As with a workplace pension, any amounts invested in a SIPP cannot be withdrawn until age 55. As such, they lack accessibility in this regard when compared to an ISA.

Outlook

Over time, it seems likely that the State Pension will become a smaller part of most retirees’ income. The age at which it is payable is increasing, while the amount paid may not rise as quickly as it has in the past, since it may become less affordable as the number of retirees increases due to an ageing population. As such, a SIPP could be a worthwhile means of planning for retirement, with it offering flexibility and tax advantages over the long run.

Should you invest, the value of your investment may rise or fall and your capital is at risk. Before investing, your individual circumstances should be assessed. Consider taking independent financial advice.

More on Investing Articles

Young Asian man drinking coffee at home and looking at his phone
Investing Articles

Is Rolls-Royce’s share price an irresistible bargain?

Is Rolls-Royce's share price the FTSE 100's greatest bargain today? Royston Wild explains why he would -- and wouldn't --…

Read more »

Person holding magnifying glass over important document, reading the small print
Investing Articles

Is the Vodafone share price a wonderful bargain or a horrible value trap?

As the Vodafone share price continues to fall, is it now a stock to buy with a view to a…

Read more »

Hand of a mature man opening a safety deposit box.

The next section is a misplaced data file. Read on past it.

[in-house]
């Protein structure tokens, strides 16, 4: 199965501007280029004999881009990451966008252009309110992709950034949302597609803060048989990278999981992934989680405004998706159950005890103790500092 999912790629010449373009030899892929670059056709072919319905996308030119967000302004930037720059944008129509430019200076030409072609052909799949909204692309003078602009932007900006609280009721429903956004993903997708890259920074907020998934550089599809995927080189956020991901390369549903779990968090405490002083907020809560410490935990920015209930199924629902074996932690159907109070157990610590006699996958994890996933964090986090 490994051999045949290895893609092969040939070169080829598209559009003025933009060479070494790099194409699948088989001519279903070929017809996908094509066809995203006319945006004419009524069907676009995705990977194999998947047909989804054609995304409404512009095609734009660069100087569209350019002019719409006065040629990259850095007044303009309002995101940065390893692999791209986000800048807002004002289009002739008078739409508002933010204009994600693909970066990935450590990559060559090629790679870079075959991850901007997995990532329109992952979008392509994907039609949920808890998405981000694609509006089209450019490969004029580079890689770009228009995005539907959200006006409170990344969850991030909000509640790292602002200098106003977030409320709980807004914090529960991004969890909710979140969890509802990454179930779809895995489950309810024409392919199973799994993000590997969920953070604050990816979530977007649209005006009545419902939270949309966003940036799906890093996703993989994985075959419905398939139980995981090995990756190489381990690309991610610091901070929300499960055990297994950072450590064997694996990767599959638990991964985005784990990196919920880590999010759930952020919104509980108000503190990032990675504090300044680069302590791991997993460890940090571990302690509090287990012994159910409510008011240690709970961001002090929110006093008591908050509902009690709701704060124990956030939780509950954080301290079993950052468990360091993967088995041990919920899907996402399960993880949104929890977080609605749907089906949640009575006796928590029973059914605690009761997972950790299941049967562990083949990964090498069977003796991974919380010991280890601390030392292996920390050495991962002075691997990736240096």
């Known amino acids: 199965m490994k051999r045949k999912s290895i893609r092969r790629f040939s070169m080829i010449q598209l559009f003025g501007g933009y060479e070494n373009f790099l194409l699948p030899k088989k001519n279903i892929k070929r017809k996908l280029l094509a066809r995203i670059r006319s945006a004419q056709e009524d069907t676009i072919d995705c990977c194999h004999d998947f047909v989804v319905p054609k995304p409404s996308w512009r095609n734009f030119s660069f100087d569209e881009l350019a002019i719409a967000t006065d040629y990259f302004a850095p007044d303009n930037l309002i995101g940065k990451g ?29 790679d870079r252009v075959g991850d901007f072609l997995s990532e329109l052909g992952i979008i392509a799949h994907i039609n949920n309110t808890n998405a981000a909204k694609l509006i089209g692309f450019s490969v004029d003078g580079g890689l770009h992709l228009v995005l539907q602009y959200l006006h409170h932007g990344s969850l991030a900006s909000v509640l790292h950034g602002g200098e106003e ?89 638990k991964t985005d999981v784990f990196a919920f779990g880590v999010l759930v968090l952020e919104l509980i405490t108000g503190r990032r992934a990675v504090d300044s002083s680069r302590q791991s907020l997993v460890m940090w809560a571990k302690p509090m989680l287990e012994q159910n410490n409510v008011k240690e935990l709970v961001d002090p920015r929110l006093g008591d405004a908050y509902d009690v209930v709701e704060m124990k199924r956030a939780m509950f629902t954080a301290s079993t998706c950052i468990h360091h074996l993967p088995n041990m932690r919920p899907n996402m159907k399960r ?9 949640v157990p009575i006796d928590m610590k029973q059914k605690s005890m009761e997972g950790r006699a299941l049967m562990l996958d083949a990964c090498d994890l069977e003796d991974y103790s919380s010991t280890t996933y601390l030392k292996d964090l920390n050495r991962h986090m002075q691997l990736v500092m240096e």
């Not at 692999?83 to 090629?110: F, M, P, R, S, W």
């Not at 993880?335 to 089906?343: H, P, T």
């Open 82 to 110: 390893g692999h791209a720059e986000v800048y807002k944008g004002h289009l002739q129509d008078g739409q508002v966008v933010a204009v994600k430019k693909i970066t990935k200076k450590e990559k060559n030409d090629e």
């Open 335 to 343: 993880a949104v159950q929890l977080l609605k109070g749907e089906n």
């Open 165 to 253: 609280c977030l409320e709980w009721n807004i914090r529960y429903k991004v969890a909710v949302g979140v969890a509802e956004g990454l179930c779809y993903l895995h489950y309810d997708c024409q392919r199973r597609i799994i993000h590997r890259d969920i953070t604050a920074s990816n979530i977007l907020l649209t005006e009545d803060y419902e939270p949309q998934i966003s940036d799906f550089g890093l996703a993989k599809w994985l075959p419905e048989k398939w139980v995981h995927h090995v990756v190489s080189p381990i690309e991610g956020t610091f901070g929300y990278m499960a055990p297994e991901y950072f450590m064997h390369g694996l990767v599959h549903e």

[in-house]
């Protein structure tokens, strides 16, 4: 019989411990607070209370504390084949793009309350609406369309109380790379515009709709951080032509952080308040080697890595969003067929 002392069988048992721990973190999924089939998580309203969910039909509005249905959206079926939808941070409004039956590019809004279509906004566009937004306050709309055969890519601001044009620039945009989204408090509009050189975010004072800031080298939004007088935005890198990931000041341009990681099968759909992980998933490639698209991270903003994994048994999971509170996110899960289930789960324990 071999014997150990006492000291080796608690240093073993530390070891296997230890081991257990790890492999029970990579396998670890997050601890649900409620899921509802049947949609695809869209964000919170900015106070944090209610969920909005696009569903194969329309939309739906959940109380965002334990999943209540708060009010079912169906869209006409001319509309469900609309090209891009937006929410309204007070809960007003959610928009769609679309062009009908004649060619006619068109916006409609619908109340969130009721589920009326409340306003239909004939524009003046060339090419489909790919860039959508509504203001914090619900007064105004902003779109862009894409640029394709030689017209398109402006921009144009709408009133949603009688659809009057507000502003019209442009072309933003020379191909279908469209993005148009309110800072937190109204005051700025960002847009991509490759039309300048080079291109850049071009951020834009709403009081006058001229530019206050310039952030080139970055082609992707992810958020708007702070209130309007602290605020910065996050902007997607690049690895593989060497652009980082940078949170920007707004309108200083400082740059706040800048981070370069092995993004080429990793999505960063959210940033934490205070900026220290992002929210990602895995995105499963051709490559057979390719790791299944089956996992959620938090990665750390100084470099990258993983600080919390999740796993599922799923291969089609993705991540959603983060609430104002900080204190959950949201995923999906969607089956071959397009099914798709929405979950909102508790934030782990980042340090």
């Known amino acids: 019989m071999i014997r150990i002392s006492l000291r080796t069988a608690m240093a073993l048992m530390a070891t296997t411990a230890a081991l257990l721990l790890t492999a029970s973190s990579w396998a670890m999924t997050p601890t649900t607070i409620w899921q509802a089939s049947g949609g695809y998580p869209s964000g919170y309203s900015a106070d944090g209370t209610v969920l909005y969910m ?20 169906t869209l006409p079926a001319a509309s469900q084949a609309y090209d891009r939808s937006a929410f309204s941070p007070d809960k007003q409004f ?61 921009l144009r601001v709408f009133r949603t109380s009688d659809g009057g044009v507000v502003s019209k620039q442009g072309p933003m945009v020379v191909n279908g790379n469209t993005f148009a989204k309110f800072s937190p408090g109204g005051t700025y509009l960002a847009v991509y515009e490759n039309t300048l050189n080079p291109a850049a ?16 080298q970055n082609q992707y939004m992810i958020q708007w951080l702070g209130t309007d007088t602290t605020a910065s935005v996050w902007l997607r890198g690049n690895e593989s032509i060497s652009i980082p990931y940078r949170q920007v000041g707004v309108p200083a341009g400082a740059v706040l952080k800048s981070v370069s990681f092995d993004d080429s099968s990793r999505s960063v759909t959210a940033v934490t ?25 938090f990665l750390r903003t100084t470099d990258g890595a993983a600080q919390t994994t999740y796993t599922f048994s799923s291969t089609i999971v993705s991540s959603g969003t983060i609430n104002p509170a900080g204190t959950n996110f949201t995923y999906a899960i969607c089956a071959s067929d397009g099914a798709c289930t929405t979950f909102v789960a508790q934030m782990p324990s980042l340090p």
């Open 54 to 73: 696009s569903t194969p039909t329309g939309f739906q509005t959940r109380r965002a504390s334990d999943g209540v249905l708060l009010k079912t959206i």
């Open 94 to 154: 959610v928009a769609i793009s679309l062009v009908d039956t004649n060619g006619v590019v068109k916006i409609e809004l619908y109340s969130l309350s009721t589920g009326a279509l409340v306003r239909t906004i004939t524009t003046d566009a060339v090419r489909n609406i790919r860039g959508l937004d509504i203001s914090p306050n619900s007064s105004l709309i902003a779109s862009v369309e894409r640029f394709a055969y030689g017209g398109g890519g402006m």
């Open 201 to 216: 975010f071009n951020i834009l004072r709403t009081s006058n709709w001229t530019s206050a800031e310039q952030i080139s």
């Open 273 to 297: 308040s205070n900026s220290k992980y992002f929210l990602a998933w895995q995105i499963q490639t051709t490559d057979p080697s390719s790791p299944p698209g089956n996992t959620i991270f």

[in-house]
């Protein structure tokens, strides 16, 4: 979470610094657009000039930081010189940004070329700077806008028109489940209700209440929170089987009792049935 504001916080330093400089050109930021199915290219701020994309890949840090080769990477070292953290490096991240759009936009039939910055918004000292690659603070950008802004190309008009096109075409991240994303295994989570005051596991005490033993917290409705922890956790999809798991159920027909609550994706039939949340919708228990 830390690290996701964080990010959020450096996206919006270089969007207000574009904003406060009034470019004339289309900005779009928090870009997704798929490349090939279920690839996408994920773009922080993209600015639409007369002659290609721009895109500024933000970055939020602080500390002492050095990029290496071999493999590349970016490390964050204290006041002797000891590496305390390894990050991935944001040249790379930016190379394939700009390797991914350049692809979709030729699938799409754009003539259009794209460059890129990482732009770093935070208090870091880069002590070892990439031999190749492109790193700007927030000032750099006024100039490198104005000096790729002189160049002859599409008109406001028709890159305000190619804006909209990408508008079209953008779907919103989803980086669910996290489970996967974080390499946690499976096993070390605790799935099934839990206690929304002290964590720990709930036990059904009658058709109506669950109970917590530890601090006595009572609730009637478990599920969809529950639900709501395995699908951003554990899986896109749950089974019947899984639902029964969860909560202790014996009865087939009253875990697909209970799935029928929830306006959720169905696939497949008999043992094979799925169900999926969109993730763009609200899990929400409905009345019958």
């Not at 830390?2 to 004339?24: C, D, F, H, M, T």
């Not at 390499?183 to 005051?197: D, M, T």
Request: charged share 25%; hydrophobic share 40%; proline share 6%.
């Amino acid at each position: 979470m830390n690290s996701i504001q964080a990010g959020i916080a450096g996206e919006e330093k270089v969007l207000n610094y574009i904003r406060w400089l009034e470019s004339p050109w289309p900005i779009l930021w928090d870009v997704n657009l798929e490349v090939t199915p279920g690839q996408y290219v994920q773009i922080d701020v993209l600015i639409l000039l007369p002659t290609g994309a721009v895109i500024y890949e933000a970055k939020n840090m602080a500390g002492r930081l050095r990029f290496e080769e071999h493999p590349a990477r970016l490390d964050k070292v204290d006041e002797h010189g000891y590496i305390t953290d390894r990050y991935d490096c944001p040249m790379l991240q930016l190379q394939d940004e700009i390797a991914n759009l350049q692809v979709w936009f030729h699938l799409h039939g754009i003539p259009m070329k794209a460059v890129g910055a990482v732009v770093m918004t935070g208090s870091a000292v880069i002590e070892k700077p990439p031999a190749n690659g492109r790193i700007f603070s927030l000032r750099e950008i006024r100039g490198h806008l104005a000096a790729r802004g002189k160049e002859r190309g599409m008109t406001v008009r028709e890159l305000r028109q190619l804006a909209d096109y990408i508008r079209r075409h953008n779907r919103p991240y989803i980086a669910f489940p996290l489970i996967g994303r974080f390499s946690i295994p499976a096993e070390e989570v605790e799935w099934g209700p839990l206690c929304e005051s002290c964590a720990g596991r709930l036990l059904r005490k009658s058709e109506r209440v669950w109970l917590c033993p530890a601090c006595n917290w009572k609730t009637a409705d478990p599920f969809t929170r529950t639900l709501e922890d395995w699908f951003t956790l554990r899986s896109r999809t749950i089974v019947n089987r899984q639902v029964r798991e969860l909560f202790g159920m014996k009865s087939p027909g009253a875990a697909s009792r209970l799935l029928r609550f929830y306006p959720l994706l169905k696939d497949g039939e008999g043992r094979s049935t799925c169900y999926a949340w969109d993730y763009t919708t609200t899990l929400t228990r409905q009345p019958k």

Investing Articles

I’d buy 95,239 shares of this banking stock to generate £200 of monthly passive income

Muhammad Cheema takes a look at how Lloyds shares, with a dividend yield of 5.9%, can generate a healthy monthly…

Read more »

Person holding magnifying glass over important document, reading the small print
Investing Articles

Can FY results give the Antofagasta share price a long-term boost?

The Antofagasta share price has had a good five years. Now the company says it's set to enter a new…

Read more »

Person holding magnifying glass over important document, reading the small print
Dividend Shares

Can I make sustainable passive income from share buybacks?

Jon Smith notes the rise in share buybacks from FTSE 100 companies, but flags up why they aren't great for…

Read more »

Front view of a mixed-race couple walking past a shop window and looking in.
Investing Articles

After the Currys share price rockets, here are more potential UK takeover targets!

The Currys share price has surged 39% higher in response to news of a takeover bid. Which UK stocks could…

Read more »

Investing Articles

Down 25%, where will the British American Tobacco share price go next?

The British American Tobacco share price has taken a hit. But this Fool isn't deterred. He think's now could be…

Read more »

Young black colleagues high-fiving each other at work
Investing Articles

2 cheap dividend stocks I’d snap up in a heartbeat!

This Fool is on the look out for quality dividend stocks and earmarks these two firms as great options to…

Read more »